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Tuesday, June 12, 2012

Families Net Worth Falls

Story first appeared in The Wall Street Journal.

Families’ median net worth fell almost 40% between 2007 and 2010, down to levels last seen in 1992, the Federal Reserve said in a report Monday.

As the U.S. economy roiled for three tumultuous years, families saw corresponding drops in their income and net wealth, according to the Fed’s Survey of Consumer Finances, a detailed snapshot of household finances conducted every three years.

Median net worth of families fell to $77,300 in 2010 from $126,400 in 2007, a drop of 38.8%–the largest drop since the current survey began in 1989, Fed economists said Monday. Net worth represents the difference between a family’s gross assets and its liabilities. Average net worth fell 14.7% during the same three-year period.

Much of that drop was driven by the housing market’s collapse. Families whose assets were tied up more in housing saw their net worth decline by more. Among families that owned homes, their median home equity declined to $75,000 in 2010, down from $110,000 three years earlier.

Between 2007 and 2010, incomes also dropped sharply. In 2010, median family income fell to $45,800 from $49,600 in 2007, a drop of 7.7%. Average income fell 11.1% to $78,500, down from $88,300. That was a departure from earlier in the decade. During the preceding three years, median income had been constant, while the mean had climbed 8.5%.

Family incomes also dropped the most in regions of the country hardest hit by the housing market tumble. Median family income in the West and South decreased substantially, while those in the Northeast and Midwest saw little change.

Incomes dropped the most among middle-class families. The wealthiest 10%, by net worth, saw their median income fell 1.4% over the three years, while families in the second and third quartiles experienced a drop of 12.1% and 7.7%, respectively. The lowest quartile’s median income fell by 3.7%.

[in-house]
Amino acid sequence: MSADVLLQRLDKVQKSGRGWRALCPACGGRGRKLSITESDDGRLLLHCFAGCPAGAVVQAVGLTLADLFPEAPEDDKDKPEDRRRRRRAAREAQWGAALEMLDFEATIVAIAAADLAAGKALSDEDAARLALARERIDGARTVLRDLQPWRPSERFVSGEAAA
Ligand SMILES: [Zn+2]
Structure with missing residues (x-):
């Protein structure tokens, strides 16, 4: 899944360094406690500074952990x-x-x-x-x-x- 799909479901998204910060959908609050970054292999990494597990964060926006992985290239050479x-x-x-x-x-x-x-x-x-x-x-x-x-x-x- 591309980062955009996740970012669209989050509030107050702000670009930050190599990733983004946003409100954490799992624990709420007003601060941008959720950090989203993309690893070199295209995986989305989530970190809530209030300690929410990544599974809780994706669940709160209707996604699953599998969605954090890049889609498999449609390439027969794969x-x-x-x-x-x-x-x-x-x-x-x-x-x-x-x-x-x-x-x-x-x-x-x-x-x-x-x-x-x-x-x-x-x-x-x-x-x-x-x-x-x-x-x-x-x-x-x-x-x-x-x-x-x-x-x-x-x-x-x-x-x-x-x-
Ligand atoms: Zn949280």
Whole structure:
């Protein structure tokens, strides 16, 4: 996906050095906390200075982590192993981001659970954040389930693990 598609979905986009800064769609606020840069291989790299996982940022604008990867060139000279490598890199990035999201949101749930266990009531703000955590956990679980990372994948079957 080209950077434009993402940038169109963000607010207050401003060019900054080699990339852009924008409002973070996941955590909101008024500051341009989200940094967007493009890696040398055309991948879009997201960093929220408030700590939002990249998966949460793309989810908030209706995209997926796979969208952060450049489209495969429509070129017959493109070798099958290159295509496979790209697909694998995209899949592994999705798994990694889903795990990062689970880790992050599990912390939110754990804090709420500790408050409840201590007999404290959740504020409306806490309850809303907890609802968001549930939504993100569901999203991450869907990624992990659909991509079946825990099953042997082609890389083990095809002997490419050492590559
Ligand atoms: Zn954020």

Families also grew less confident about how much income they could expect in the future. In 2010, just over 35% of families said they did not “have a good idea of what their income would be for the next year,” up from 31.4% in 2007.

Meanwhile, families worked to drive down their level of debt. Fewer families reported having debt of any kind in 2010 than three years earlier: 74.9% of families had some sort of debt in 2010, down from 77%. However, among families with some kind of debt in 2010, the median value of their debt was unchanged from three years earlier and the fraction of families with debt payments larger than 40% of their income remained nearly constant.

Some families appeared successful in shaving down their burden of debt, particularly on their credit cards. The proportion of families carrying a balance on their credit cards fell 6.7 percentage points to 39.4% in 2010. Among those families, the median balance fell 16.1% to $2,600, while the average balance fell 7.8% to $7,100.

However, some families struggled more to pay their bills on time: the share of families making debt payments that were late by 60 or more days increased to 10.8% in 2010, up from 7.1% in 2007.

And overall, debt as a percent of families’ assets grew to 16.4% in 2010, up from 14.8% in 2007, largely because the value of the assets, such as housing, decreased.

Families were also less likely to save up money. The proportion of families that said they had saved in the preceding year fell from 56.4% in 2007 to 52% in 2010, the lowest level since the Fed began collecting that information in 1992.

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